Meet the City Council’s New Members: Mark Levine

Meet the City Council’s New Members: Mark Levine

Meet the City Council’s New Members: Mark Levine
January 28, 2014

For many New York City Council members, the need for more affordable housing goes without saying.

What is harder to find is a policy wonk like Councilman Mark Levine, who has concrete proposals to help meet the ambitious affordable housing goals set by the city’s new leadership.

“The greatest power that the City Council and the city have to do that is our zoning code, and we could do much more to require and incentivize the creation of new affordable housing when buildings are built,” Levine said. “We need to make sure that when people build big in New York City, they build units that are affordable to everybody.”

According to Levine, hundreds, if not thousands, of affordable housing units are taken out of rent regulation each year in his community. As a result, families who lived in his district for decades are forced out by aggressive landlords, and when their children grow up they must look elsewhere to find rents they can afford.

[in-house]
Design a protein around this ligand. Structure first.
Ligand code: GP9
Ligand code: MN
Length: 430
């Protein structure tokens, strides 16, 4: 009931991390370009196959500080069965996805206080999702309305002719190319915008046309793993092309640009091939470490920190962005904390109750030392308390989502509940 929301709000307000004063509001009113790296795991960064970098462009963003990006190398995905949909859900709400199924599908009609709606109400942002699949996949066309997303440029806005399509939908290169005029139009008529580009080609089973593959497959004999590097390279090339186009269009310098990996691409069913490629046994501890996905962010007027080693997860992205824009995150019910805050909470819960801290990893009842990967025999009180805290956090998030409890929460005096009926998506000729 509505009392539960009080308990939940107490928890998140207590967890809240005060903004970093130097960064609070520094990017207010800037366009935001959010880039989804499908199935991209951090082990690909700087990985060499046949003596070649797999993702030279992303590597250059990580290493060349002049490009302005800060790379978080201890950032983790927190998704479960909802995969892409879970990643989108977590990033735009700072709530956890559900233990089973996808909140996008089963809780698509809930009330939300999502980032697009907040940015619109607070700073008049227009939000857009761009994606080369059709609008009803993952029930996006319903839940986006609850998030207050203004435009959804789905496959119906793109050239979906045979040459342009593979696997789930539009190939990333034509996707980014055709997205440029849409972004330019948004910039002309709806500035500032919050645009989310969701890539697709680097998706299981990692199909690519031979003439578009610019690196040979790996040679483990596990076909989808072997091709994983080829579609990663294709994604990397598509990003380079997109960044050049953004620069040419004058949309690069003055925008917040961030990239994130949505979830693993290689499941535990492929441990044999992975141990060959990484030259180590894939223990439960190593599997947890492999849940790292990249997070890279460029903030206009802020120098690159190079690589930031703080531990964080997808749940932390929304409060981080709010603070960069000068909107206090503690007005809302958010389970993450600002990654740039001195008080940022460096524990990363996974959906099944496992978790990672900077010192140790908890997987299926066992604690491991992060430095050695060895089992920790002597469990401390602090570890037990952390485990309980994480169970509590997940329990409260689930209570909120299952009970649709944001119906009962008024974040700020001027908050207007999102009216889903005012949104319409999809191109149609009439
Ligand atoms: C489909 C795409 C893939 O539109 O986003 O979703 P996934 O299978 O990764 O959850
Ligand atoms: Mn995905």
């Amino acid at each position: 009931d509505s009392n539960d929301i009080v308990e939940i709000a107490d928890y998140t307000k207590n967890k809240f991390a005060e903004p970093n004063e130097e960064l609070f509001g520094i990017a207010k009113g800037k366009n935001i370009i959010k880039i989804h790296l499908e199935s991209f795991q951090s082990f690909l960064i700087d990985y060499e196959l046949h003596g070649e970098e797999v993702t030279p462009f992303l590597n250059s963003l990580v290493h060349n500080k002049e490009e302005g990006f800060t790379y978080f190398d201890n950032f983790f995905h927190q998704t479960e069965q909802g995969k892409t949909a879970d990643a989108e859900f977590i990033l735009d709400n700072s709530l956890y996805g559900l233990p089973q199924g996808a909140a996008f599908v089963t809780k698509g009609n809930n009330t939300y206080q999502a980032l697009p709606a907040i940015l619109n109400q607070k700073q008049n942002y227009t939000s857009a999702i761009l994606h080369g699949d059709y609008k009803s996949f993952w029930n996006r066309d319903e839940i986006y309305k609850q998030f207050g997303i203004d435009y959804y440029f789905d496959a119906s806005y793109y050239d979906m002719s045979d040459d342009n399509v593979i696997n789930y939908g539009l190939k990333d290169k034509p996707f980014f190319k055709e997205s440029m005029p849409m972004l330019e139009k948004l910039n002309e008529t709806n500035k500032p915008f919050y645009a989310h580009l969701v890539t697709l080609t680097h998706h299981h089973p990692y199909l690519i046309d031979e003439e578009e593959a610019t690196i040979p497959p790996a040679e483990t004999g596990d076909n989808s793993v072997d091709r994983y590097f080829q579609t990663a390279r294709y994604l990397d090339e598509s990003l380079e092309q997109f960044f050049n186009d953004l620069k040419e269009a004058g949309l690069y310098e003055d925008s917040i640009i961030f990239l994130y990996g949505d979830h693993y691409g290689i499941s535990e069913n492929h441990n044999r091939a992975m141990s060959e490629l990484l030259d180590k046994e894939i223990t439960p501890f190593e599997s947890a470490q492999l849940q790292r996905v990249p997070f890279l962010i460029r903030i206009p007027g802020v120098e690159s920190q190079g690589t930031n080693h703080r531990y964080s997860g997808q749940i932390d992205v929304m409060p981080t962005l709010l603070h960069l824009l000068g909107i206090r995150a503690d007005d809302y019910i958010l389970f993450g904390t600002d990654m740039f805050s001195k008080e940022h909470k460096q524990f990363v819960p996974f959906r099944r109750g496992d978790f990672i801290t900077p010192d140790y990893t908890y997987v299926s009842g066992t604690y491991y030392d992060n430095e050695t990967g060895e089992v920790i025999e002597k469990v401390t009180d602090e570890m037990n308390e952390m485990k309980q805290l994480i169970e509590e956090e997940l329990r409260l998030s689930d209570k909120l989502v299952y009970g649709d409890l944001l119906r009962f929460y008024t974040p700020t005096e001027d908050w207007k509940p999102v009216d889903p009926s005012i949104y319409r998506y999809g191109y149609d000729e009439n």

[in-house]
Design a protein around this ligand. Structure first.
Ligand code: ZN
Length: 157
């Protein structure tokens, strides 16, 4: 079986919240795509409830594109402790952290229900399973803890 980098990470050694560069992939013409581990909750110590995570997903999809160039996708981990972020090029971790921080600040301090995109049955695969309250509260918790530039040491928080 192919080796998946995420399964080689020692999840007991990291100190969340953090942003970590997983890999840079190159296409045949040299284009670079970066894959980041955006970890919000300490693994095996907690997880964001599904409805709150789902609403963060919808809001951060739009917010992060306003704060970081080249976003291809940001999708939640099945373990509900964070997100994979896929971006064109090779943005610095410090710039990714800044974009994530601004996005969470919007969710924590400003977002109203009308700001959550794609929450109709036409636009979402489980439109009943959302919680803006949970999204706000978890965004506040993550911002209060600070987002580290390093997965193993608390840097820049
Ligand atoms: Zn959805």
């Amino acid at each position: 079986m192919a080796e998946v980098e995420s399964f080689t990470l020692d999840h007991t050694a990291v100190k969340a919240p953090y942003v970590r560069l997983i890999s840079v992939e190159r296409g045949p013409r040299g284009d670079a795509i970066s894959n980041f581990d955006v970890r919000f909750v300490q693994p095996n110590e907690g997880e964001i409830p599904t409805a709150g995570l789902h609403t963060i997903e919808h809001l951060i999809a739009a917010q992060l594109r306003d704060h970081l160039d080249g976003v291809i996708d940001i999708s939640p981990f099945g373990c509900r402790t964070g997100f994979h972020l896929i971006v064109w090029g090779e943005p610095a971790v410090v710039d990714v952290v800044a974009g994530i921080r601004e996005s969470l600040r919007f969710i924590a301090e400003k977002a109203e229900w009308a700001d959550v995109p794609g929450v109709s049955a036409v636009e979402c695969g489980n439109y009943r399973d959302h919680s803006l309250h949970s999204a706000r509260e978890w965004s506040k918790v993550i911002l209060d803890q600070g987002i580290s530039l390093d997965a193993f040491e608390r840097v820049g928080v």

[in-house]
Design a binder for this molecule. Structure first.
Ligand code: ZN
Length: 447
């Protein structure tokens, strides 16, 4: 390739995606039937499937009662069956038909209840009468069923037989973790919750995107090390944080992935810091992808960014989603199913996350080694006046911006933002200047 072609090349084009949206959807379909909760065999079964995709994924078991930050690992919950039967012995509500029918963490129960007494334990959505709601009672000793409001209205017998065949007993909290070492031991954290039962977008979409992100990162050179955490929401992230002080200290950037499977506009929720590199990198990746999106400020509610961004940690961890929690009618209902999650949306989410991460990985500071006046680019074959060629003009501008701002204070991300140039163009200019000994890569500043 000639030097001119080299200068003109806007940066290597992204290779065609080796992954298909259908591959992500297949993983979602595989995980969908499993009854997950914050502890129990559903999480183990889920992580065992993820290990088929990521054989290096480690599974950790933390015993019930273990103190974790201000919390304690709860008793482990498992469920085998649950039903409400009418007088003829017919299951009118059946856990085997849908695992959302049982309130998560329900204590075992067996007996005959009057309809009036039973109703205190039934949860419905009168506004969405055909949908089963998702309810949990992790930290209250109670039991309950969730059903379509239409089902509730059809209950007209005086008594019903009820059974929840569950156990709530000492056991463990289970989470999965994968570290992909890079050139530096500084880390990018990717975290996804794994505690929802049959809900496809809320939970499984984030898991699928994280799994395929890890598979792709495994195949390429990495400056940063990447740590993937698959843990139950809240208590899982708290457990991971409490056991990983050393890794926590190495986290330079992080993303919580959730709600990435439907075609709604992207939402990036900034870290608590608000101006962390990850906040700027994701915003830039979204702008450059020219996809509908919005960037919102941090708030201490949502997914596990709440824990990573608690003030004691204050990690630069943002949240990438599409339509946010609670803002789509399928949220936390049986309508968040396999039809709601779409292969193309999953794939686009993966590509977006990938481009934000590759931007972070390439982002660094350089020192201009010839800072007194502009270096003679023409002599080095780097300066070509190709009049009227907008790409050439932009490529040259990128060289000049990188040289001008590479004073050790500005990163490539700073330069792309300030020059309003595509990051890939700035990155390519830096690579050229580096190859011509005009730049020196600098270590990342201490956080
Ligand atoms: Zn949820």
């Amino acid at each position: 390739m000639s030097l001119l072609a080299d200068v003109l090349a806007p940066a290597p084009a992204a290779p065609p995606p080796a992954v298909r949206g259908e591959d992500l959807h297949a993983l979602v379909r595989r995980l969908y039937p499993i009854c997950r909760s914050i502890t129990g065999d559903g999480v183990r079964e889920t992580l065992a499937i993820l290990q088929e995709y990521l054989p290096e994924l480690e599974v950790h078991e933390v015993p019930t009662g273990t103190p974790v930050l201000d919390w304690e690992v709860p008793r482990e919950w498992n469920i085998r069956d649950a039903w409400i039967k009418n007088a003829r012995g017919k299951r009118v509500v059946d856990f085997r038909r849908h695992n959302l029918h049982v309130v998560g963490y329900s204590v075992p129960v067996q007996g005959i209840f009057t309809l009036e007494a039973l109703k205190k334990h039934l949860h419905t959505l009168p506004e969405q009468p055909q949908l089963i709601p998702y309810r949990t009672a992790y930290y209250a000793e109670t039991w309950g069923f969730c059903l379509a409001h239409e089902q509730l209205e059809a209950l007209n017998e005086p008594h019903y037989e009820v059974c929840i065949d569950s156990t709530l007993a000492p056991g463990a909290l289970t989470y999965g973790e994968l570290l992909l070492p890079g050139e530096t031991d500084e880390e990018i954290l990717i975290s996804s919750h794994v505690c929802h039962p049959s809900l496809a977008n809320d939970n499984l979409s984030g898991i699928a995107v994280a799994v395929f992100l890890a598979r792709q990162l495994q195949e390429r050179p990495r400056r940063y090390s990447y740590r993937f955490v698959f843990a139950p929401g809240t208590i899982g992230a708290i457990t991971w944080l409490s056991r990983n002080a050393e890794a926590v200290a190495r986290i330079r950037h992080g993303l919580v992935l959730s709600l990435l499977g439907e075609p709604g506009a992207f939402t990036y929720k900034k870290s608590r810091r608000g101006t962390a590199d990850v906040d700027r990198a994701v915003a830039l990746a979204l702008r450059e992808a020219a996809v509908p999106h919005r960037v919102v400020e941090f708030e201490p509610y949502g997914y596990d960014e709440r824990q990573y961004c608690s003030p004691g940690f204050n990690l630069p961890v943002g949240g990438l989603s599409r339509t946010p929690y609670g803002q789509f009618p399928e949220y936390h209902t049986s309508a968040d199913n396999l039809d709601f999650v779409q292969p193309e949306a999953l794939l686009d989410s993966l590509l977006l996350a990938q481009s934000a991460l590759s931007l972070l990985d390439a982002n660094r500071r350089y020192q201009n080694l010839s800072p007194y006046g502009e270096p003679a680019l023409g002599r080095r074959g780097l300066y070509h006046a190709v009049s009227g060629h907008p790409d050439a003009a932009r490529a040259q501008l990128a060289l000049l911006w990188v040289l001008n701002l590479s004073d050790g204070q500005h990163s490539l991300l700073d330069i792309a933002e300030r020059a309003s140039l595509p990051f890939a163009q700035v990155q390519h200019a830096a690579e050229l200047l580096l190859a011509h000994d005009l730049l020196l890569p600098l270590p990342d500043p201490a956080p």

“As a Council member, I want to focus like a laser on this issue, and find more ways to support tenants and find more ways to build new affordable housing around the city,” he said.

If affordable housing is the most pressing challenge in northern Manhattan, a close second is tenants’ rights. When renters find themselves in housing court, fewer than 10 percent have legal representation, Levine said, while landlords almost always hire an attorney.

“I want to make sure that every tenant in housing court has legal representation,” Levine said. “People don’t realize it, because in criminal court everyone, even the most poor, has an attorney. It’s an incredibly unequal playing field.”

Levine has been politically active in his neighborhood for years, getting elected as a Democratic district leader in 2007, founding the Barack Obama Democratic Club of Upper Manhattan in 2009 and chairing a transportation committee on the local community board. He also launched the first community development credit union in upper Manhattan, and had a career in education, both as a teacher and a nonprofit executive.

“I’ve worked extensively on education, so I have some passions about that,” Levine said. “As a public school parent, this is one of my top concerns.”

District: 7
Neighborhoods represented: Morningside Heights, Hamilton Heights, West Harlem, Washington Heights and Inwood
Policy focus: Affordable housing, education, transportation, environment, parks
Date of birth: April 30, 1969
Birthplace: Chicago, Ill.
Education: B.A. in physics, Haverford College; Master’s in public policy, Harvard University
Previous occupation: Executive director of the Center for After-School Excellence
Family: Wife: Ivelisse; two sons
Party: Democrat
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